Ehrlich, Paul (1854–1915)

Paul Ehrlich
Paul Ehrlich was a German bacteriologist and immunologist, the founder of chemotherapy and an early pioneer of hematology. His discoveries include: a method of staining (1882), and hence identifying, the tuberculosis bacillus (see also Robert Koch); the reasons for immunity in terms of the chemistry of antibodies and antigens, for which he was awarded, with Élie Metchnikoff, the 1908 Nobel Prize in Physiology or Medicine; and the use of the drug salvarsan to cure syphilis, the first drug to be used in treating the root causes of the disease (1911) and one of the earliest example of a 'magic bullet'.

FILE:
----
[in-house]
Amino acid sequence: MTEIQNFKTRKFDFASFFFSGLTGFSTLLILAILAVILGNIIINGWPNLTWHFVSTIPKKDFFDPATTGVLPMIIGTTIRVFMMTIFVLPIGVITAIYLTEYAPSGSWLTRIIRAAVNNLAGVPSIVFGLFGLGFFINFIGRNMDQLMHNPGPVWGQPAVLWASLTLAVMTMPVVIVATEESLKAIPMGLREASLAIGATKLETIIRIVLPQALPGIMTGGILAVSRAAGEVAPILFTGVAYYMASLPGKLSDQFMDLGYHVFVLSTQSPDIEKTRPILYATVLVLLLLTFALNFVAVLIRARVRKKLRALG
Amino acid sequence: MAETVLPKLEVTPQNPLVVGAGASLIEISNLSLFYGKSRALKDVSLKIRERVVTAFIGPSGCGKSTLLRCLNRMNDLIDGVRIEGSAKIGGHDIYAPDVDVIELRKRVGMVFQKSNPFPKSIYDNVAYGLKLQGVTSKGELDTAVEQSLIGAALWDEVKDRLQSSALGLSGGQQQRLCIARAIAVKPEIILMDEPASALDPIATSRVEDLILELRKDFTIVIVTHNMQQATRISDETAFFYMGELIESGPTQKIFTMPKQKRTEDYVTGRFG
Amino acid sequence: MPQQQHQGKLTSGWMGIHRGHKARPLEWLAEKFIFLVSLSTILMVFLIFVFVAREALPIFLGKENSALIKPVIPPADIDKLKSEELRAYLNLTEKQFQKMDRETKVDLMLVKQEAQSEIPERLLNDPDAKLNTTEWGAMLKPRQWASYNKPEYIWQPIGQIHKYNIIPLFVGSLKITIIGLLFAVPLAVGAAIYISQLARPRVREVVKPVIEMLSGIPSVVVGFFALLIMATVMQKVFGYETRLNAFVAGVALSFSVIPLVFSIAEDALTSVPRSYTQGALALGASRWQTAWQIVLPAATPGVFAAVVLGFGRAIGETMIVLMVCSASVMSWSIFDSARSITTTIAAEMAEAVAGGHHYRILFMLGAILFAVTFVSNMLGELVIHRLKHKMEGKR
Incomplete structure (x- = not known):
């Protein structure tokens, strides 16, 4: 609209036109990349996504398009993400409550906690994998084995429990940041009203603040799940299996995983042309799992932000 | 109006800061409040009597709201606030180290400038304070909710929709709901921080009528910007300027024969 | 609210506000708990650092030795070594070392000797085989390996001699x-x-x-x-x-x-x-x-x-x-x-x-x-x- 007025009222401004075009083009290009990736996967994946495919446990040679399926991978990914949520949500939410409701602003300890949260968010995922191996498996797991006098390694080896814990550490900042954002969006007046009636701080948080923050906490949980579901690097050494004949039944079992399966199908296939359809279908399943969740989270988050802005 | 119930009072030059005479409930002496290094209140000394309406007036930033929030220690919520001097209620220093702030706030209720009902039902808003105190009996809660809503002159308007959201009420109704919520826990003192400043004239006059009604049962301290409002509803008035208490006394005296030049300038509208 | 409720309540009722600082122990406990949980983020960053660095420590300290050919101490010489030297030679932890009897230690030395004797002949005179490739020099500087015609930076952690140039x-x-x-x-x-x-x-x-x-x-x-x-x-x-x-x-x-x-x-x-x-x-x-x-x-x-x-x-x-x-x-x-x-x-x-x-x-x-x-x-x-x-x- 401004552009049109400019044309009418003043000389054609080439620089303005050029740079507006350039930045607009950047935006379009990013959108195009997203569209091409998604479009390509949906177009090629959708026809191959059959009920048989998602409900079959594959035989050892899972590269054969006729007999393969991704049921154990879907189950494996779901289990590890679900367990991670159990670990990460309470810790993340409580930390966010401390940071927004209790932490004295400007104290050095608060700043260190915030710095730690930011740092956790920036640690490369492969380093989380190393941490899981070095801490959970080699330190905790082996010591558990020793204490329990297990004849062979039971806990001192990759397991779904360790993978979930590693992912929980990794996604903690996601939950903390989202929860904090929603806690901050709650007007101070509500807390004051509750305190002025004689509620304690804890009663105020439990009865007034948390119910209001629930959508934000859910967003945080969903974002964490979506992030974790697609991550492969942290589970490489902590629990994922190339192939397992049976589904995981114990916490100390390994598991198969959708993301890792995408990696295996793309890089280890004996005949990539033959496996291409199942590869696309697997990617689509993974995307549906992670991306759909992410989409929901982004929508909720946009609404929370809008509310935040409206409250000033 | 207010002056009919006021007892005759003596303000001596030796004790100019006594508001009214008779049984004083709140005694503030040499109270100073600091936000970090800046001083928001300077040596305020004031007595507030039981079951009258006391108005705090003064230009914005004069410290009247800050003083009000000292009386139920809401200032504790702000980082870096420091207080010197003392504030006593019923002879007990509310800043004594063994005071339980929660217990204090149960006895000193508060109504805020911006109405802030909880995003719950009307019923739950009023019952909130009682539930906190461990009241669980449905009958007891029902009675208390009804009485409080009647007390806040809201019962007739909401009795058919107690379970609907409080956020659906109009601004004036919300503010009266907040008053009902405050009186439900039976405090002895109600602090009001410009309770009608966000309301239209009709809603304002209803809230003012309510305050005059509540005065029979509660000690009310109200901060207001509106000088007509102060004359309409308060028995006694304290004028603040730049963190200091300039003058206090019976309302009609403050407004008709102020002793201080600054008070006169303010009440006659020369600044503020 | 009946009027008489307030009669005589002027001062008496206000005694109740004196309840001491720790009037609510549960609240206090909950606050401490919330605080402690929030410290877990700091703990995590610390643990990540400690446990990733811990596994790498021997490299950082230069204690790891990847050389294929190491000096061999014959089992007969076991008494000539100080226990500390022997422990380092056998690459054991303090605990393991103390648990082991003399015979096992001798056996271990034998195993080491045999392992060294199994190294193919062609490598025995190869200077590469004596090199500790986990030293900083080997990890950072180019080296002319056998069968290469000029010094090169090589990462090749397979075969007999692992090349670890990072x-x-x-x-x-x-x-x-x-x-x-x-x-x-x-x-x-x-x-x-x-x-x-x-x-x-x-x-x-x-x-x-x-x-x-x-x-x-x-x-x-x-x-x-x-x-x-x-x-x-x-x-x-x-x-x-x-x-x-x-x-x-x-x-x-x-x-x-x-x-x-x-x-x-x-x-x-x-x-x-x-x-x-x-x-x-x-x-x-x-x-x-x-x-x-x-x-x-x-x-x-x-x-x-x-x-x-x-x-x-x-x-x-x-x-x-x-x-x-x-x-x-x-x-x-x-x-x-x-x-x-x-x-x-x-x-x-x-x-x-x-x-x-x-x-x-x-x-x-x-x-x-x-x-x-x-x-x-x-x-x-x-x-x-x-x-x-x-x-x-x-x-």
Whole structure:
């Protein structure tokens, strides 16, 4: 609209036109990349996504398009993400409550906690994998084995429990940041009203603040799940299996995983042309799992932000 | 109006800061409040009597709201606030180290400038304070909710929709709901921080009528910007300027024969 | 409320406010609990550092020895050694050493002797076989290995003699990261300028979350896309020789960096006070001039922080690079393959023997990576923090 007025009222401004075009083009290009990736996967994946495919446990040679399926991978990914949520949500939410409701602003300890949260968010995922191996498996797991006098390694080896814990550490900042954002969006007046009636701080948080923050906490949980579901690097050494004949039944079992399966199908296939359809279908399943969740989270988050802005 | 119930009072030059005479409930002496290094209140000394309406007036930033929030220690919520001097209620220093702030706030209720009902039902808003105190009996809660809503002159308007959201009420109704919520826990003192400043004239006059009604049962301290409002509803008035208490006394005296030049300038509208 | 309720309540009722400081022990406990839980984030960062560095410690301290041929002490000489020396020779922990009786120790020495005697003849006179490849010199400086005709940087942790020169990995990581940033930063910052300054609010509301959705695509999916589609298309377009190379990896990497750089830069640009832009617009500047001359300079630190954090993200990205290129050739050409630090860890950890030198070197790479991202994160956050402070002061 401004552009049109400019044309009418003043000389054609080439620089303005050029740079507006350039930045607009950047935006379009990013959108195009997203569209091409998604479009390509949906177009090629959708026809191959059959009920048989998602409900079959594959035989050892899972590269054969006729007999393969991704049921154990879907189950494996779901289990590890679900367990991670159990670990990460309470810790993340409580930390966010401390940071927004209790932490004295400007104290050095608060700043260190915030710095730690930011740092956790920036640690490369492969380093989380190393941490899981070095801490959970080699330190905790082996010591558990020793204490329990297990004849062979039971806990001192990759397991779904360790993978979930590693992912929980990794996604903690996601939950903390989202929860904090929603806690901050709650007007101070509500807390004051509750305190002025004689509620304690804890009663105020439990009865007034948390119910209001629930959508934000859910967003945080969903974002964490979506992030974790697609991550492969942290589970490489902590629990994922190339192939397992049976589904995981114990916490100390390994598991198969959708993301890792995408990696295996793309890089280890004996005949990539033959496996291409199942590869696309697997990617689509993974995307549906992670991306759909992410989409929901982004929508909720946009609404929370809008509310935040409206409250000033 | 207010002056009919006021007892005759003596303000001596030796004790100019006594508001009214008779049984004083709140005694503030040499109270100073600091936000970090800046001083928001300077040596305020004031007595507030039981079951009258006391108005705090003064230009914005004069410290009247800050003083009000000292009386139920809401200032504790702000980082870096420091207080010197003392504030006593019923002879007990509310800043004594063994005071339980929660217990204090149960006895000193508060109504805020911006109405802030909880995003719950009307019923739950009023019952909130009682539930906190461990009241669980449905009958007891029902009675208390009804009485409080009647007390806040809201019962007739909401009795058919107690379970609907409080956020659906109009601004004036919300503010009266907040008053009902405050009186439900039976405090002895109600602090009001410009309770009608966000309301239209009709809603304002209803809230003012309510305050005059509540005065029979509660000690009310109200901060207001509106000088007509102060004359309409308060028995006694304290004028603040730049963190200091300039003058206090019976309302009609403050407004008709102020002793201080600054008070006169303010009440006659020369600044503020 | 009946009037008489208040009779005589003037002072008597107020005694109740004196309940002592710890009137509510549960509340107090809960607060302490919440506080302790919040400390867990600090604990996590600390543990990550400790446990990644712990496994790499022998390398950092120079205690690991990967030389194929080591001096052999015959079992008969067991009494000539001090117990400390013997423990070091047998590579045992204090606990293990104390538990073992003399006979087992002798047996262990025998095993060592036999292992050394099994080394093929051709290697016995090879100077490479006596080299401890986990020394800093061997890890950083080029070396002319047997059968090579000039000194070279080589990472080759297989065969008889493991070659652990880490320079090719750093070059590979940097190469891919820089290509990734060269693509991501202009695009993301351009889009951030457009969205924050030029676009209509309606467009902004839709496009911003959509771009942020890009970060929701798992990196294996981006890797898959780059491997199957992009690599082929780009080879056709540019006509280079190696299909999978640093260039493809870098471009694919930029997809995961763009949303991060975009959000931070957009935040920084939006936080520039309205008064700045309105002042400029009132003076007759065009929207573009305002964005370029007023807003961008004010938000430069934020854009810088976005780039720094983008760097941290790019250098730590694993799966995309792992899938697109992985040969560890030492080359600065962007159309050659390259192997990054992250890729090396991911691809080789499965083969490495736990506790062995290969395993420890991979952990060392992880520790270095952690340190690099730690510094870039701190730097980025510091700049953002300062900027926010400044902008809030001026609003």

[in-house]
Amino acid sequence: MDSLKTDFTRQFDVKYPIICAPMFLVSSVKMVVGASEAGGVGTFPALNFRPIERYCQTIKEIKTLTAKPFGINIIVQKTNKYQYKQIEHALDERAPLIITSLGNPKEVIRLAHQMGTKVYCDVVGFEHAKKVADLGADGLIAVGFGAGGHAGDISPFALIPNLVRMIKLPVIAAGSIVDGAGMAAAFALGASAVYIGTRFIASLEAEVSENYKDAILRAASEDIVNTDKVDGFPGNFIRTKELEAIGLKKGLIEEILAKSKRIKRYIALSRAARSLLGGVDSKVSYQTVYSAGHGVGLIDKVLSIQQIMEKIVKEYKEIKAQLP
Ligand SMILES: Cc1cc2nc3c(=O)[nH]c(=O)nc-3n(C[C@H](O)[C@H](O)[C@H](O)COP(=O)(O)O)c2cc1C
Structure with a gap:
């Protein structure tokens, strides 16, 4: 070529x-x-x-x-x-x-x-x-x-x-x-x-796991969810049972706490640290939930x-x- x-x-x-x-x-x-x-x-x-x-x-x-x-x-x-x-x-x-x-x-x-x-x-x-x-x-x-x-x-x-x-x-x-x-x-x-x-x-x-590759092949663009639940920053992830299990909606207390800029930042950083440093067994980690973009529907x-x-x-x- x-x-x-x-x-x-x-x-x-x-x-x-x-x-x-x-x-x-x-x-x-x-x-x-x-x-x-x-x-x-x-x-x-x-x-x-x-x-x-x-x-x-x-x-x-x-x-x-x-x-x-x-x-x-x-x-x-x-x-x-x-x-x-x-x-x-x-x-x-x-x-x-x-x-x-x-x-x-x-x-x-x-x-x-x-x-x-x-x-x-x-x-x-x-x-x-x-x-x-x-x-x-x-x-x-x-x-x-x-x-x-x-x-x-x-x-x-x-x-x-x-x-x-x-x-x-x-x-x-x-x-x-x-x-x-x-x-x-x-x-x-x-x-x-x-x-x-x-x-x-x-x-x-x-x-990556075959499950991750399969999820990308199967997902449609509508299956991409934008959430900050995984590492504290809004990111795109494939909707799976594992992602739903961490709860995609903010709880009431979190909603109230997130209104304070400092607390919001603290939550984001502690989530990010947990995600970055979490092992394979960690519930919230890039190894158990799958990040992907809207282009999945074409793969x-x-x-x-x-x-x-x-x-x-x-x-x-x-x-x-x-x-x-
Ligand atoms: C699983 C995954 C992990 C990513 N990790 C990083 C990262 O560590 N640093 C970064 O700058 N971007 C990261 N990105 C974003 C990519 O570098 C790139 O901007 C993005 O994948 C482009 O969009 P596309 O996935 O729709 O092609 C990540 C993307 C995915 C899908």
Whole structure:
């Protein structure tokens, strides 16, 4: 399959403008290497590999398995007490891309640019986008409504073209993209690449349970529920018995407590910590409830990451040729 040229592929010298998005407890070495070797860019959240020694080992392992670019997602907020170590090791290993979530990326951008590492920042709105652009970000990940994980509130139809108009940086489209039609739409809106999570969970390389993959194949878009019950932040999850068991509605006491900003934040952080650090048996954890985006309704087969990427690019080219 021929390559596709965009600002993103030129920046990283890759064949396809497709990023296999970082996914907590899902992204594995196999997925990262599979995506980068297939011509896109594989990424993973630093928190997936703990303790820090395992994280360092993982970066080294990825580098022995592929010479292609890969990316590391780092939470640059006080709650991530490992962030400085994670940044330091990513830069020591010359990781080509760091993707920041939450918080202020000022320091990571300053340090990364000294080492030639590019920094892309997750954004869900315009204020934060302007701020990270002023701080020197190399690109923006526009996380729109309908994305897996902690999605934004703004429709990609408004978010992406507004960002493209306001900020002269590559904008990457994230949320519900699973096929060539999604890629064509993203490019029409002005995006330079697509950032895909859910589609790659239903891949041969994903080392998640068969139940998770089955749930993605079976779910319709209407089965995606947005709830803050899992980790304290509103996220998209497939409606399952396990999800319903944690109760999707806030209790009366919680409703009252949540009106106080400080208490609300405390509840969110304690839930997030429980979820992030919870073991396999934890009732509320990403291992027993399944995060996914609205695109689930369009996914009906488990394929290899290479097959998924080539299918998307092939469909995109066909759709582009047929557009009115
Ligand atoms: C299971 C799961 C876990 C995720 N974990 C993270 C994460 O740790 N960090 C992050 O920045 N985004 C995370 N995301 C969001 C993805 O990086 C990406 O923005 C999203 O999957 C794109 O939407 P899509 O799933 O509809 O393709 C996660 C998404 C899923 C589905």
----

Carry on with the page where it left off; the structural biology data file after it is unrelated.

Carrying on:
A second era of expansion for the drug industry was based on the accidental discovery by Alexander Fleming that molds could produce antibacterial substances. Ernst Chain, who helped in the development of penicillin, took chemotherapy a stage further by suggesting that semi-synthetic drugs would prove useful.